Myrick Clift Beasley, 56, of Las Vegas, plead guilty Friday to mail fraud charges in connection with a scheme to obtain goods and services on credit using the stolen identities of legitimate, inactive businesses.
In a statement of facts filed with his plea agreement, Beasley admitted that from 2010 through 2015, he assumed the identity of at least 70 legitimate businesses nationwide, and used those stolen identities to obtain, on credit, at least $550,000 in goods and services from various victims. Beasley admitted that, as part of the scheme, he would identify inactive, legitimate businesses that had previously been located in office buildings where virtual office providers were also located. Beasley admitted that we would assume the inactive businesses’ identities by renting virtual office space in the buildings in the names of the legitimate businesses, creating internet domain names and email addresses in the identified businesses’ names, obtaining phone numbers previously identified with the businesses when available, and, at times, supplementing state corporate filings and commercial credit records with fraudulent information designed to further the scheme. Beasley admitted that he concealed his true identity throughout the fraud by using false names and paying for the costs of operating his scheme with prepaid debit cards. Once he would assume a business’s identity, Beasley admitted that he would then order goods and services — particularly, smart phones, computers, and other electronics — from retailers on credit and have the items shipped to the virtual office location, which would then, at his direction, re-ship the items to rented mailboxes elsewhere in the country. Beasley admitted he would then retrieve the items from the rented mailboxes and sell them.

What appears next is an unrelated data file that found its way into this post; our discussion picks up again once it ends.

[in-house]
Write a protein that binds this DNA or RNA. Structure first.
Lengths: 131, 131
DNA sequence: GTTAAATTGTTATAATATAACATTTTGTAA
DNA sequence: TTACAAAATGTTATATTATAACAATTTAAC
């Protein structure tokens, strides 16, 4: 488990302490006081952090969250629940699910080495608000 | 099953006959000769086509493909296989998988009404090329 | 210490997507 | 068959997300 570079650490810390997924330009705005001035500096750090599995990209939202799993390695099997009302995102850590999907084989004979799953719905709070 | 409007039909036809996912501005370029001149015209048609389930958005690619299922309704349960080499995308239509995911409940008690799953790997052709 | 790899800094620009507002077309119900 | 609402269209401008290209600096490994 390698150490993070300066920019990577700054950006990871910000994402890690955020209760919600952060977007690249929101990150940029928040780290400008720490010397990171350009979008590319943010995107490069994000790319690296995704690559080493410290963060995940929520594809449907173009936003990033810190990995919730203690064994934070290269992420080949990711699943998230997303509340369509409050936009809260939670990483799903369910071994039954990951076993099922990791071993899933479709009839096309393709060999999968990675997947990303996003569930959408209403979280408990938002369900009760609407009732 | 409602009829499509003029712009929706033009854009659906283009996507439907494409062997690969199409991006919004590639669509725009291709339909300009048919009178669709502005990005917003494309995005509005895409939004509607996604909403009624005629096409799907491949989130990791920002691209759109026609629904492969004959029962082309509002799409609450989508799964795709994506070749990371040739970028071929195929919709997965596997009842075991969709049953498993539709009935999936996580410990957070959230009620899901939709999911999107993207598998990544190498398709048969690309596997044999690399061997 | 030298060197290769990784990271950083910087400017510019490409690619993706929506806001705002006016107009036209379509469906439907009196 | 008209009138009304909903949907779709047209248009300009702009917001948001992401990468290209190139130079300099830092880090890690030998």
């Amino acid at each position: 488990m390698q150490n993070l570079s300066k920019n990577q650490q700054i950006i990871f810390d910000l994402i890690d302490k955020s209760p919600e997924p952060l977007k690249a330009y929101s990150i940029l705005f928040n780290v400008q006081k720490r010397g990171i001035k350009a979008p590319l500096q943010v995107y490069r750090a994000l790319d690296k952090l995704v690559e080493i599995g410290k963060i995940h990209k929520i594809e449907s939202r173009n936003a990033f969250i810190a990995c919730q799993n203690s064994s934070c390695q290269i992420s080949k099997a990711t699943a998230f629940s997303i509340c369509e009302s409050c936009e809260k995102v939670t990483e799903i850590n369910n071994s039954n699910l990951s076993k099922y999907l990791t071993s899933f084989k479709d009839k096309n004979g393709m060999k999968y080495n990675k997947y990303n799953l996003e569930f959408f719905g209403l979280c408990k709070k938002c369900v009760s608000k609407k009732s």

Beasley was indicted by a federal grand jury on Dec. 17, 2015. Beasley faces a maximum penalty of 20 years in prison when sentenced on April 29, 2016. The maximum statutory sentence is prescribed by Congress and is provided here for informational purposes, as the sentencing of the defendant will be determined by the court based on the advisory Sentencing Guidelines and other statutory factors.
Dana J. Boente, U.S. Attorney for the Eastern District of Virginia; Paul M. Abbate, Assistant Director in Charge of the FBI’s Washington Field Office; and Edwin C. Roessler Jr., Chief of the Fairfax County Police Department, made the announcement after the plea was accepted by U.S. District Judge T.S. Ellis, III. Special Assistant U.S. Attorney Christopher R. Fenton and Assistant U.S. Attorney Paul J. Nathanson are prosecuting the case.